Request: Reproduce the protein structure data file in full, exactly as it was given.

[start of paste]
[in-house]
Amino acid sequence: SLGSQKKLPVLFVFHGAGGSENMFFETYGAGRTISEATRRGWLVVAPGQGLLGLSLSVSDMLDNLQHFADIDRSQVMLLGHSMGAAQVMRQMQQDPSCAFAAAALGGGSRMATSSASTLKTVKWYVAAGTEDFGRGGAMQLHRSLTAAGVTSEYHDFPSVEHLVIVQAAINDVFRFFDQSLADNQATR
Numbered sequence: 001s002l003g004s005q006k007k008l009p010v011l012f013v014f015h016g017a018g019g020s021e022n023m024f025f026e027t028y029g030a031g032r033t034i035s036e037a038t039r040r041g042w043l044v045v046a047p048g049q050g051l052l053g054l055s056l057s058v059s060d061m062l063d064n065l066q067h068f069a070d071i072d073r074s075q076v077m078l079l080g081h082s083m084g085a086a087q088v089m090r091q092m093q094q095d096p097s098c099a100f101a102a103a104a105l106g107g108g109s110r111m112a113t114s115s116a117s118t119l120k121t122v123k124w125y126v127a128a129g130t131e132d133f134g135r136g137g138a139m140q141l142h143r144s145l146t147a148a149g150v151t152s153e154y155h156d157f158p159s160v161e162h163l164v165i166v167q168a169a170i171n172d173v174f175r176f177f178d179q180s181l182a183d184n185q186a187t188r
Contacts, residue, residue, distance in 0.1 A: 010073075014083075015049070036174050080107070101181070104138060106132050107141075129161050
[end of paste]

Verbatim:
[in-house]
Amino acid sequence: SLGSQKKLPVLFVFHGAGGSENMFFETYGAGRTISEATRRGWLVVAPGQGLLGLSLSVSDMLDNLQHFADIDRSQVMLLGHSMGAAQVMRQMQQDPSCAFAAAALGGGSRMATSSASTLKTVKWYVAAGTEDFGRGGAMQLHRSLTAAGVTSEYHDFPSVEHLVIVQAAINDVFRFFDQSLADNQATR
Numbered sequence: 001s002l003g004s005q006k007k008l009p010v011l012f013v014f015h016g017a018g019g020s021e022n023m024f025f026e027t028y029g030a031g032r033t034i035s036e037a038t039r040r041g042w043l044v045v046a047p048g049q050g051l052l053g054l055s056l057s058v059s060d061m062l063d064n065l066q067h068f069a070d071i072d073r074s075q076v077m078l079l080g081h082s083m084g085a086a087q088v089m090r091q092m093q094q095d096p097s098c099a100f101a102a103a104a105l106g107g108g109s110r111m112a113t114s115s116a117s118t119l120k121t122v123k124w125y126v127a128a129g130t131e132d133f134g135r136g137g138a139m140q141l142h143r144s145l146t147a148a149g150v151t152s153e154y155h156d157f158p159s160v161e162h163l164v165i166v167q168a169a170i171n172d173v174f175r176f177f178d179q180s181l182a183d184n185q186a187t188r
Contacts, residue, residue, distance in 0.1 A: 010073075014083075015049070036174050080107070101181070104138060106132050107141075129161050